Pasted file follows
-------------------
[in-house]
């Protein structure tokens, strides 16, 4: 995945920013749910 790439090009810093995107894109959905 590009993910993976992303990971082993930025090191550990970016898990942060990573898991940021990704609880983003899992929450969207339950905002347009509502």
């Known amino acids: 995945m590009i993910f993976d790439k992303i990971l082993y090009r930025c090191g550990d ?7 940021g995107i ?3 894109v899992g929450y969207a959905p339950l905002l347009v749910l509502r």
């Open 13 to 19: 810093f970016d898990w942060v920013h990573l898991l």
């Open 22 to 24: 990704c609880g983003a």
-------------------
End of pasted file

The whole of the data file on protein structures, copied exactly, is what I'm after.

[in-house]
């Protein structure tokens, strides 16, 4: 995945920013749910 790439090009810093995107894109959905 590009993910993976992303990971082993930025090191550990970016898990942060990573898991940021990704609880983003899992929450969207339950905002347009509502």
């Known amino acids: 995945m590009i993910f993976d790439k992303i990971l082993y090009r930025c090191g550990d ?7 940021g995107i ?3 894109v899992g929450y969207a959905p339950l905002l347009v749910l509502r």
């Open 13 to 19: 810093f970016d898990w942060v920013h990573l898991l």
């Open 22 to 24: 990704c609880g983003a």